61. Get to know your neighbours.

62. Don’t take anything personally, ever.

63. Consider avoiding school. Go to lots of conferences instead.

64. As soon as you can, buy some art.

65. Apologize more than you need to.

66. Find out if there will be food there.

67. A good haircut changes everything.

68. Read Man’s Search For Meaning.

69. Say no to projects you don’t care about.

70. Do things that are uncool. Later on, they usually end up becoming cool anyway.

71. Find your voice.

72. Have some manners.

73. Learn to play chess, go, and bridge. They’ll keep you from going senile.

74. Learn about the Tetrapharmakos.

75. Find ways to cheat the system– just don’t cheat people.

76. Be like Jesus, not like his followers. (This applies to all of them.)

77. At least once, date someone that’s out of your league.

78. Examine your jealousy. You’ll learn a lot about yourself.

79. Good connections are about people, not social networks.

80. Address small problems. They will become big problems.

81. Dress like a cooler version of yourself.

82. Yes, there is such a thing as bad press.

83. Add “adventurer” to your Twitter bio. Then, become one.

84. If the internet is the best thing in your life, you have a serious problem.

85. Give away your best work for free.

86. Find mentors. Just don’t call them that.

87. Actually write on your blog. Nobody cares if it’s hard.

88. Download Freedom. Use it for an hour every day.

89. Join a gym. Lift the heaviest you can. (This applies to girls too.)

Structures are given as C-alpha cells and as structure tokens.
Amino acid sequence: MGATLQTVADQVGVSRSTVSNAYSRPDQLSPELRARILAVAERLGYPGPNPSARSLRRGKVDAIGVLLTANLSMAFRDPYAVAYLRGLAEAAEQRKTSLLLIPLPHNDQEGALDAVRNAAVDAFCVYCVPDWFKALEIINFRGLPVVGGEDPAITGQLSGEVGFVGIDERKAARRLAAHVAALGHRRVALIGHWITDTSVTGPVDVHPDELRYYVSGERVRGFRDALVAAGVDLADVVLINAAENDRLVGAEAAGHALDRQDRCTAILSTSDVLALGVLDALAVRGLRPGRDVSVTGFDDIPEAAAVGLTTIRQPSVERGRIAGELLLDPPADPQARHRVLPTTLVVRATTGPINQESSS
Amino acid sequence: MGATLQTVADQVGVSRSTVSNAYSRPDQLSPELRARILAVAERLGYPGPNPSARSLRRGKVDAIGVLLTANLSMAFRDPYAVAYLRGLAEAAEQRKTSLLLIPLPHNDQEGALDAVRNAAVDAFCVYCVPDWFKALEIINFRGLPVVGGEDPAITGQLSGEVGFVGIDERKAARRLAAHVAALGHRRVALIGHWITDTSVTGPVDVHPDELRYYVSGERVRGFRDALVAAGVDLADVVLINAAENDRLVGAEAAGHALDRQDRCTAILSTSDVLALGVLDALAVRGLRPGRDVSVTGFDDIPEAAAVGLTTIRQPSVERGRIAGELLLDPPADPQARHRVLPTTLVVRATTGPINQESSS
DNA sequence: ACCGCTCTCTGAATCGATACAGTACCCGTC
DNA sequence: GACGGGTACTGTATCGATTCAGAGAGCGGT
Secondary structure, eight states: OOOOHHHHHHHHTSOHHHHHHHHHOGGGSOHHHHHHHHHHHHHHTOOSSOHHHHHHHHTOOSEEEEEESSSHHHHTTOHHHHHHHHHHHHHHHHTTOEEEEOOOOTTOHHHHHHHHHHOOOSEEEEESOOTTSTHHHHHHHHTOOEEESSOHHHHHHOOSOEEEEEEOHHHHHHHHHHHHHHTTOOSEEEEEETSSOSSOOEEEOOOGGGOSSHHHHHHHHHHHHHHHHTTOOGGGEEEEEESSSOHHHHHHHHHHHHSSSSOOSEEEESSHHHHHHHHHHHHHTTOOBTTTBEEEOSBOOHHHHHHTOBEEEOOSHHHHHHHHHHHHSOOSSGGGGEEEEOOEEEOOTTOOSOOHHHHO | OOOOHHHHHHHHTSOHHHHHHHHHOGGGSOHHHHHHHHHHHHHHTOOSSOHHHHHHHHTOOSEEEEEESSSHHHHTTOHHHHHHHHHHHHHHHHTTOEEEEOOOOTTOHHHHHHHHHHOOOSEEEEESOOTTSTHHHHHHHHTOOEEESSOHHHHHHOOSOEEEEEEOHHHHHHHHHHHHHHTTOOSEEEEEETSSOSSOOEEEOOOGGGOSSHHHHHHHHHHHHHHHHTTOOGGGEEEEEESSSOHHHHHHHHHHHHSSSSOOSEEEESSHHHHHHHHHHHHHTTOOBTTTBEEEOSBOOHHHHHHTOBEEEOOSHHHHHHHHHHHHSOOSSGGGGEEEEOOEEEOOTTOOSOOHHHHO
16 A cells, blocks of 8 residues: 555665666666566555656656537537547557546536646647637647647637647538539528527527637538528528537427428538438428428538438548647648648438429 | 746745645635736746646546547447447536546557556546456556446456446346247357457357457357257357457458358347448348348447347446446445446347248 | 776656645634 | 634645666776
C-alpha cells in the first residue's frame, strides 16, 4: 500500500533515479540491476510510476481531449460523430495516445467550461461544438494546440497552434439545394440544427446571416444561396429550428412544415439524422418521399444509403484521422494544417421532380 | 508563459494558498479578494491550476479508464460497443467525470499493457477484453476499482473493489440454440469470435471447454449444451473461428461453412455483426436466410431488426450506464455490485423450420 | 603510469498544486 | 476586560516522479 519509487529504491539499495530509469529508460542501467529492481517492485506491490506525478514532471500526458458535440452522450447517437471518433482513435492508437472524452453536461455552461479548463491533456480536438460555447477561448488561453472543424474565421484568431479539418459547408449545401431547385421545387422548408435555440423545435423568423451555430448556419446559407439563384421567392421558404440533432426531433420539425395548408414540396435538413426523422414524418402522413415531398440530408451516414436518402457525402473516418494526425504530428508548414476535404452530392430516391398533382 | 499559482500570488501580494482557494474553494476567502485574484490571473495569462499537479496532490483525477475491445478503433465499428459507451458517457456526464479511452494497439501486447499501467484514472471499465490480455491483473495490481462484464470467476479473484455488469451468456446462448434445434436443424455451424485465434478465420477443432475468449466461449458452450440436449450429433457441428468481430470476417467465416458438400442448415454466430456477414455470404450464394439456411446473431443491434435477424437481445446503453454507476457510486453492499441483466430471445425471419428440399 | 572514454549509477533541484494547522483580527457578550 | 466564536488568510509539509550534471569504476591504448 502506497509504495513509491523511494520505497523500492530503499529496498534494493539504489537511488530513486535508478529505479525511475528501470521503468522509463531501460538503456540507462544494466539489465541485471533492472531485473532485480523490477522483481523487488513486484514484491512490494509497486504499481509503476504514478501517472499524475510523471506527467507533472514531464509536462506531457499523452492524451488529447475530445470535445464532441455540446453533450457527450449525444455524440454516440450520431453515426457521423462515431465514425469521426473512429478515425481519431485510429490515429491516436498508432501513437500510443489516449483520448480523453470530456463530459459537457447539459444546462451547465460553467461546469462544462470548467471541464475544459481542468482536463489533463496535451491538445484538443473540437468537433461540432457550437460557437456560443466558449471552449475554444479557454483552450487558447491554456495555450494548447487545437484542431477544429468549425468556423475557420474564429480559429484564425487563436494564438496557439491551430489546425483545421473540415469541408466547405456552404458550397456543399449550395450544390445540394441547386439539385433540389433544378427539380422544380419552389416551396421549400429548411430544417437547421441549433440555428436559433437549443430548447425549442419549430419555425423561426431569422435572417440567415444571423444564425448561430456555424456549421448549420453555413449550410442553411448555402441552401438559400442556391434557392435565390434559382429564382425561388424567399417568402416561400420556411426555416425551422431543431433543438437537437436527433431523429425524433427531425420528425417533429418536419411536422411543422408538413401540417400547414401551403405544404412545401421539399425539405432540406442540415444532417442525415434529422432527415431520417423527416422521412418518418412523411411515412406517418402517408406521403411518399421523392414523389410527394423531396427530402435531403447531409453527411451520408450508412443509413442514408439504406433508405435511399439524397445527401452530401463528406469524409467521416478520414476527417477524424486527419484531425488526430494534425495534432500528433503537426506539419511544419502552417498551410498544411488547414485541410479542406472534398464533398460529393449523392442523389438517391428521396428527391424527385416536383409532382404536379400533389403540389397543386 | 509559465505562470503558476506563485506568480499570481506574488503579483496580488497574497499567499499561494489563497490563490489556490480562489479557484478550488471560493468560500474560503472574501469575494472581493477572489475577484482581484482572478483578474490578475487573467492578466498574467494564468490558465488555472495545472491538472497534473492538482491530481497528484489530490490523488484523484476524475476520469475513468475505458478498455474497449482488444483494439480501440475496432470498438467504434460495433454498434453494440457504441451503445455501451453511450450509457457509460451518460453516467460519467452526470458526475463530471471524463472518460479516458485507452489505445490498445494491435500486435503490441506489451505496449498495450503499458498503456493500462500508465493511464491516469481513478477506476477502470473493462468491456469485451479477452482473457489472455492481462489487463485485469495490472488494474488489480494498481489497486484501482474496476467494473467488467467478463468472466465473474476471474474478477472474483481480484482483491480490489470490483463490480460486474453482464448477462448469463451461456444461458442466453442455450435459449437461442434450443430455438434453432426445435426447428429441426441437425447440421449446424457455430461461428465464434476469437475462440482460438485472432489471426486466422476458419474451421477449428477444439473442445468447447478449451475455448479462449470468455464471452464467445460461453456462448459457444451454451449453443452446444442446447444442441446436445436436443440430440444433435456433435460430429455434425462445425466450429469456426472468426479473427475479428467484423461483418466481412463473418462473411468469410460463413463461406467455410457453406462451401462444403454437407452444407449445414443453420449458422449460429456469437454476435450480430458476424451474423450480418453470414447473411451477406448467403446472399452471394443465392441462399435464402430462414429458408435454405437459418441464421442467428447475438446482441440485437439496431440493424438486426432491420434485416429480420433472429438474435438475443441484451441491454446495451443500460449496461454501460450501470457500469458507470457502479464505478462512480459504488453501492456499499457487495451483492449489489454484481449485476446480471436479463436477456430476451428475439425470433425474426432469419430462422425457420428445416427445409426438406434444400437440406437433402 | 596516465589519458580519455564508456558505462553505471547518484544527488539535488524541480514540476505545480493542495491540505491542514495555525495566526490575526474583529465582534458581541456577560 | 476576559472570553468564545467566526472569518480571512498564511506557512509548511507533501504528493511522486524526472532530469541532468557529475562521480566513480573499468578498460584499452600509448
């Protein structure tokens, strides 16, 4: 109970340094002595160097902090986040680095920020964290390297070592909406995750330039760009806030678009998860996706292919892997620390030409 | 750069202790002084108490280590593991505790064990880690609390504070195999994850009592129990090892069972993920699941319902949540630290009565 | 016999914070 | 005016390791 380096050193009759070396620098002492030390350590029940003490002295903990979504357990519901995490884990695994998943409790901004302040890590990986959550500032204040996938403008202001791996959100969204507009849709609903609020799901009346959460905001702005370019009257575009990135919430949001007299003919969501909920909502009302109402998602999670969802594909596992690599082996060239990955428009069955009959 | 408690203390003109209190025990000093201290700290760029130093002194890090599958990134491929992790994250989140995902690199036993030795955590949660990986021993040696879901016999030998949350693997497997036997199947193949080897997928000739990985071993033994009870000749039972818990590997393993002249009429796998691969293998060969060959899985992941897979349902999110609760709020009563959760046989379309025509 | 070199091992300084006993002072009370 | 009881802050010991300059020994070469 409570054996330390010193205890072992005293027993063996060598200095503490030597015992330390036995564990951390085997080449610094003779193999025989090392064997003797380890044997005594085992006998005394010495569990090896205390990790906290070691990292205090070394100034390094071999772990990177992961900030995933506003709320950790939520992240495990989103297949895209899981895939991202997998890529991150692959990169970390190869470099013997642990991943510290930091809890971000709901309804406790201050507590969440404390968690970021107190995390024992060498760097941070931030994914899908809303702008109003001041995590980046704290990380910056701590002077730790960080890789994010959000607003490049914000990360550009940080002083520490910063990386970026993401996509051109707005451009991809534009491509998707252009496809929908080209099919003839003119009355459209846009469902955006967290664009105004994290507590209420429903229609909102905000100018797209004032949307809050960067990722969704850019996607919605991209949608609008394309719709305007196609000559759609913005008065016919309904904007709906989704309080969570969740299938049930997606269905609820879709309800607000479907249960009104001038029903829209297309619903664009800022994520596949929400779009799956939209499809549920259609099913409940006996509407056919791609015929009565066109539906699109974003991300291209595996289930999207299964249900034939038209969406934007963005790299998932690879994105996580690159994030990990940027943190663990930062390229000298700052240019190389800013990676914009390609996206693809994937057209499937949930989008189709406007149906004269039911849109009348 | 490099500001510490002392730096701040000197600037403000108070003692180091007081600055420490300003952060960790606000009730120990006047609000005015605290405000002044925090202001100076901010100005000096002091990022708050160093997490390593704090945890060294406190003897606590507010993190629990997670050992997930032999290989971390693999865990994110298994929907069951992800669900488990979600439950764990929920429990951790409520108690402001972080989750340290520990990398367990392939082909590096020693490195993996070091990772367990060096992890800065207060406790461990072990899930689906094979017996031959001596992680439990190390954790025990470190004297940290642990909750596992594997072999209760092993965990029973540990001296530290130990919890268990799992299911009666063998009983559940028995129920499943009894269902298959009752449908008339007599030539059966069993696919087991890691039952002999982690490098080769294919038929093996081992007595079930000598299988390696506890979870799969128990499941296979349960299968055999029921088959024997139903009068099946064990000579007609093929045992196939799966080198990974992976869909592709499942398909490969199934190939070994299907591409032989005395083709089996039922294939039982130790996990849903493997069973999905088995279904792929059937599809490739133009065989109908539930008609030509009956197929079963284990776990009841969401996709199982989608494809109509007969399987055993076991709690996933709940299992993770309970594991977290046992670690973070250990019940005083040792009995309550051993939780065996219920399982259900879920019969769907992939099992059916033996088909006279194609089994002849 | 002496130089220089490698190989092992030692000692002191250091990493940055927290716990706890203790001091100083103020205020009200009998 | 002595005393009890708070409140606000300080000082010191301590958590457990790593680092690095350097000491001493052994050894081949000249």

90. Do some freewriting. It helps you think things through.

91. When you’re having supper with rich people, pick up the cheque.

92. Learn how to speak in public.

93. If you see someone who needs help, stop asking yourself if they need help. Instead, just help.

94. Bring a bottle of wine.

95. The best conversations are had side by side, not one in front of the other.

96. Protect your hearing. Trust me.

97. Do what’s most important first thing in the morning, before you check email.

98. Everyone feels like they’re not good enough. It’s not just you.

99. Courage is a learned skill.

100. Go to Iceland. It’s worth it.

 

Compiled by Julien Smith

 

Jul 25, 2012 - Musings    3 Comments

Motivation Tips

Motivation Tips

Despite your best efforts, passion, habits and a flow-producing environment can fail. In that case, it’s time to find whatever emotional pump-up you can use to get started. Here are a few:

  1. Go Back to “Why” – Focusing on a dull task doesn’t make it any more attractive. Zooming out and asking yourself why you are bothering in the first place will make it more appealing. If you can’t figure out why, then there’s a good chance you shouldn’t bother with it in the first place.
  2. Go for Five – Start working for five minutes. Often that little push will be enough to get you going.
  3. Move Around – Get your body moving as you would if you were extremely motivated to do something. This ‘faking it’ approach to motivation may seem silly or crude, but it works.
  4. Find the Next Step – It’s impossible to work on a project. All you can do is focus on the next immediate step. Fighting an amorphous blob of work will only cause procrastination. Chunk it up so that it becomes manageable.